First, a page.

On June 3, a joint concert of the IBA’s choir Concordia Chor and the Swedish choir Boo Cantabile was conducted at the Minsk Philharmonic Society. The concert was organized within the framework of the 3rd international festival of amateur choirs Guki Leta (Sounds of Summer), and with support from the Embassy of Sweden in Belarus and the Belarusian Union of Musical Workers.
The concert consisted of two parts. In the first part, the Swedish choir performed under the management of Helena Engardt and in the second, the IBA’s choir conducted by Galina Kazimirovskaya.
See video of Boo Cantabile
See video of Concordia Chor, solo by Grigory Zasmuzhets
See video of Concordia Chor
See video of Concordia Chor singing with Boo Cantabile
See more pictures at IBA Group’s Facebook page
It is a mere two months to the start of the London Olympic games, an event that has cost at least £9bn to stage, with a large part of that budget taken up in infrastructure costs, including technology.
But one of the most interesting technological aspects of this event is that it will be the first ever Olympics where social media is a part of the event and will help to form the opinion of a global generation.
It is true that tools like Facebook and Twitter were around for Beijing 2008, but they had not reached the ubiquity of today and tools like the iPhone were still in their infancy. Right now you can use Twitter to follow the chairman of the London 2012 Organising Committee. You can follow the athletes as they train for the games and even ask how it is going. You can ask the pundits for their predictions and get involved in planning how you are going to watch the games – whether it is the big screen in Hyde Park or down the pub.
Can you just imagine how many smart phone photographs are going to be uploaded on the 3G networks around the London Olympic stadium in the seconds and minutes following the 100m sprint final? I guess there will be at least a million photos of that single event uploaded – how many more photos and video from London can we expect during the games itself?
London is going to be special for this reason. It is going to be the first truly interactive games where the people will broadcast the event – not just a presenter in a TV studio talking to passive viewers. This will be the biggest backchannel of conversation, speculation, and debate ever witnessed – and it’s all going to be driven by London, showcasing our capital city to the world.
Although we often think of the technology around the Olympics in terms of contracts to big companies to build communications infrastructure, at this event it is going to be all about the people watching the games, rather than those on the track.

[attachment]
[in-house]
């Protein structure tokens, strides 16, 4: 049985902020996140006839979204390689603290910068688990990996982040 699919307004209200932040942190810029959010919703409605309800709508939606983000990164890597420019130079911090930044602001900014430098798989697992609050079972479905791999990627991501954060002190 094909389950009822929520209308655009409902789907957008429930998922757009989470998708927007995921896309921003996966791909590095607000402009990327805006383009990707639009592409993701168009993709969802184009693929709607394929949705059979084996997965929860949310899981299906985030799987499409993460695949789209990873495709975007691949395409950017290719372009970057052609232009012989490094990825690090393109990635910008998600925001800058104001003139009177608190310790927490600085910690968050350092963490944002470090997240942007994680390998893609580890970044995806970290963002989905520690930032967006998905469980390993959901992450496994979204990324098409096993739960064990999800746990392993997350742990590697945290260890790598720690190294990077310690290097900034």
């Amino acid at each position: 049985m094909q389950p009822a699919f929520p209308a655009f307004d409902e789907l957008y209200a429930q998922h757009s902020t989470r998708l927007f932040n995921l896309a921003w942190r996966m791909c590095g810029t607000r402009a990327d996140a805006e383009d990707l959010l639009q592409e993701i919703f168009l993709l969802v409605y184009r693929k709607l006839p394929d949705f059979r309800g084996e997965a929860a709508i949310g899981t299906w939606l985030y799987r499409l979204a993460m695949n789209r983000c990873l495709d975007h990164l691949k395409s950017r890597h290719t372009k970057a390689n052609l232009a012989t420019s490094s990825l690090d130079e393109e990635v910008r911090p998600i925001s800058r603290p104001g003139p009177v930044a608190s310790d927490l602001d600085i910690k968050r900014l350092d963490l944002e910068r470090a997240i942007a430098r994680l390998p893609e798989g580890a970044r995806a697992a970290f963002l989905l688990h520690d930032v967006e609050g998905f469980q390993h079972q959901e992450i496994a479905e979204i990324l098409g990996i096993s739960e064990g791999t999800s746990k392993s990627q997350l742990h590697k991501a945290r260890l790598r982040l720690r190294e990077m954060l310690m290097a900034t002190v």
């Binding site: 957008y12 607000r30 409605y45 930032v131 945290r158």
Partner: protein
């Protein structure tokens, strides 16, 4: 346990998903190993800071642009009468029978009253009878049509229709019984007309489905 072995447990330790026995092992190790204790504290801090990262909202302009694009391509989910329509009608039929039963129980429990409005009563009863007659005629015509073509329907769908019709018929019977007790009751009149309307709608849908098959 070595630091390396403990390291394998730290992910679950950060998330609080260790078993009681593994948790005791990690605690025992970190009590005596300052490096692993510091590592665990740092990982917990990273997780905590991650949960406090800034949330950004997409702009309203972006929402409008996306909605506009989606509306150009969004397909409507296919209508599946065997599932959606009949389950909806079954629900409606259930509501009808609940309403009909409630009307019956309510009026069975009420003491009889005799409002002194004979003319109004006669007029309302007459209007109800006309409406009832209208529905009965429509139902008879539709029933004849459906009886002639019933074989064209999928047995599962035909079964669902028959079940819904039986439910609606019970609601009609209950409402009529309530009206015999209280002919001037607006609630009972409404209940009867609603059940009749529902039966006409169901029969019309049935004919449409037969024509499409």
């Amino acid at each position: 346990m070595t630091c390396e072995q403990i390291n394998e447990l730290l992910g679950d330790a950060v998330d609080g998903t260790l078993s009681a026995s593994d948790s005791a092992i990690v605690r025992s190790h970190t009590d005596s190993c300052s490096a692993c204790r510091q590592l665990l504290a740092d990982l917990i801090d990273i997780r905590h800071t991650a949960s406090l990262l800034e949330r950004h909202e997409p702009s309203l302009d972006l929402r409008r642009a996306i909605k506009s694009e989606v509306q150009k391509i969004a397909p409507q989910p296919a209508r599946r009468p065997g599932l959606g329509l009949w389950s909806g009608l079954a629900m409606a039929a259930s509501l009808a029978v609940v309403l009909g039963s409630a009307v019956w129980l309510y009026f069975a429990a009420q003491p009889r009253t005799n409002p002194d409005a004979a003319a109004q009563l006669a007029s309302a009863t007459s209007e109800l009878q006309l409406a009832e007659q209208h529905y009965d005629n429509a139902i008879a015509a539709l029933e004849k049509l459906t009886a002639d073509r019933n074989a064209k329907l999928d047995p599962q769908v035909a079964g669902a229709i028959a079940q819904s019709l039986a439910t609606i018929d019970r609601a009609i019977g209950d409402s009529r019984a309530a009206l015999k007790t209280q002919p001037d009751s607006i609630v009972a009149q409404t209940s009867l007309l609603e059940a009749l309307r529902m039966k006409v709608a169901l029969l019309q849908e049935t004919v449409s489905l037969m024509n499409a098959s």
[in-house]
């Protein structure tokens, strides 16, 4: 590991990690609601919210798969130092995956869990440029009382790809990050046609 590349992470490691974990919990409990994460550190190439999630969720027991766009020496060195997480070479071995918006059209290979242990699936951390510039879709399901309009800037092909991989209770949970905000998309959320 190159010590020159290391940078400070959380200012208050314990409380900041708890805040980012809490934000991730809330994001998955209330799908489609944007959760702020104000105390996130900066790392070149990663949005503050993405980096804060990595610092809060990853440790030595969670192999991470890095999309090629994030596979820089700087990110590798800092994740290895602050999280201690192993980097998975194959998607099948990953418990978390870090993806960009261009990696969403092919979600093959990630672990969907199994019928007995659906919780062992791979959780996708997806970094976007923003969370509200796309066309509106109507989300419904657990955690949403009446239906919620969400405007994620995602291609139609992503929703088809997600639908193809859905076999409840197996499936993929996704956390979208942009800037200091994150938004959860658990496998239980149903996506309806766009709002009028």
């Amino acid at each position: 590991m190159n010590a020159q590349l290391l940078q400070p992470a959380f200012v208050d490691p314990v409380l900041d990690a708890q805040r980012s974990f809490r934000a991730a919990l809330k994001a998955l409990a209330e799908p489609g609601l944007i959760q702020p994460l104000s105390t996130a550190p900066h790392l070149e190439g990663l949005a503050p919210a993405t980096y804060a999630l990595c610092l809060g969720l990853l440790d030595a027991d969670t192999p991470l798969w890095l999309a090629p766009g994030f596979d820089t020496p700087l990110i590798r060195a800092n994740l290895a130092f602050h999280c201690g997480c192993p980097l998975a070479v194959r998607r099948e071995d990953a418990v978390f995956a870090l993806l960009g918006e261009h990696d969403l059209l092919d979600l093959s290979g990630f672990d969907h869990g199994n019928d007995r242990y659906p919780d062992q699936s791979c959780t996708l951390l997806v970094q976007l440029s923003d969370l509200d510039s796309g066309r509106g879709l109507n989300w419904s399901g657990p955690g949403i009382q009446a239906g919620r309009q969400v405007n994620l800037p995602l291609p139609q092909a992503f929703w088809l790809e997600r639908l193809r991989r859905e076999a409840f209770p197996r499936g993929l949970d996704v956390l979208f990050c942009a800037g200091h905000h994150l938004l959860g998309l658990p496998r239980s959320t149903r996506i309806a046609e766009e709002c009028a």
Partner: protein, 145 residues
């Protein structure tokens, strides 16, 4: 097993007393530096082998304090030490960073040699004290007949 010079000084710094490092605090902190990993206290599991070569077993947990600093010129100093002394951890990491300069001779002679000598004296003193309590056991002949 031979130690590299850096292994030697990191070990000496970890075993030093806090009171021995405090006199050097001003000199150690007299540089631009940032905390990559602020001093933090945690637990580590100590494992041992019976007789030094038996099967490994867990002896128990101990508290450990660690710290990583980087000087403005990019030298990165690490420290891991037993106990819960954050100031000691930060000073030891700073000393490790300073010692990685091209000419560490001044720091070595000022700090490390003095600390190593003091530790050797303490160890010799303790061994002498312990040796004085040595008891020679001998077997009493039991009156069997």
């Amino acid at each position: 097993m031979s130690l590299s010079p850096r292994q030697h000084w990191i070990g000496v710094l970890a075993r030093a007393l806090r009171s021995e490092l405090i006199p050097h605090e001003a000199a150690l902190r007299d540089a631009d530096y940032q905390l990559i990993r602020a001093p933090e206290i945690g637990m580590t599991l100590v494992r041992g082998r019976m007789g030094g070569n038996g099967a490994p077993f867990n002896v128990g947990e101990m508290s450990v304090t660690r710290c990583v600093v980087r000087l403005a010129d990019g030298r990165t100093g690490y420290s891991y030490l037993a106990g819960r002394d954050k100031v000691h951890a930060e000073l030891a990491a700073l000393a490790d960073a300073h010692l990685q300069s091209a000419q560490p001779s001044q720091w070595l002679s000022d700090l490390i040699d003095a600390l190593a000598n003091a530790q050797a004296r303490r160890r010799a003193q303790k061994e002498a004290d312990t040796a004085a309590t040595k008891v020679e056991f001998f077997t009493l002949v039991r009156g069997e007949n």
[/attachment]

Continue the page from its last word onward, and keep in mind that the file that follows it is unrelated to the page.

by Irina for IBA Group
Posted on May 3, 2012
On May 2, IBA Group and the Modern Art Museum of Belarus opened an exhibition entitled Hanns Baum: 18 Years in Belarus. Collages. Assemblages. The exhibition features selected works by the German artist Hanns Baum who spent 18 years in Belarus working as IBM coordinator at IBA Minsk, the largest development center of IBA Group.
See a series of video clips (in Russian and German) of the opening event and the press conference.
Valentin Kazan, IBA Vice president, introduces Hanns to journalists at the press conference.
Natalia Sharangovich, museum director, says that Hanns’ works are a reflection of Belarusian reality and introduces Sergei Levteev, IBA president, who recalls the changes that have happened at IBA since Hanns first came to Belarus.
Hanns Baum describes his works and creative process.
Zinaida Britch, a veteran of IBA, speaks about the influence that Hanns’ creative work had on IBA employees.
Hanns speaks about Minsk when working on assemblages
Hanns gives a master class
Hanns gives portraits to IBA co-workers
See more pictures of the event and Hanns’ works at IBA Gruop’s page on Facebook
Back when the global economic crisis started, many industry commentators declared that this would be a boost for the international IT outsourcing market. With companies in Europe and the US struggling to ride out the downturn, there would be strong growth in offshore outsourcing.
But things never really played out like that. Outsourcing usually needs a big upfront investment in training, knowledge transfer, and additional management to make the transition run smoothly. Many companies just decided to avoid that short-term investment even if it was clear that there would be benefits in the long-term.
We are not out of the woods yet, but there is more stability. The US is growing slowly now and many countries in Europe are seeing promising growth – though the uncertainty of the Euro is still causing many to fear for the immediate future of the Mediterranean economy.
Research and consulting company, Everest Group, in a recently published research suggested that outsourcing in Europe was worth €180-200bn in 2010. Their latest research for 2011 is not published yet, but estimates suggest that this figure will have increased to about €220bn. This is about a 10 per cent increase in demand even in quite an uncertain economic climate.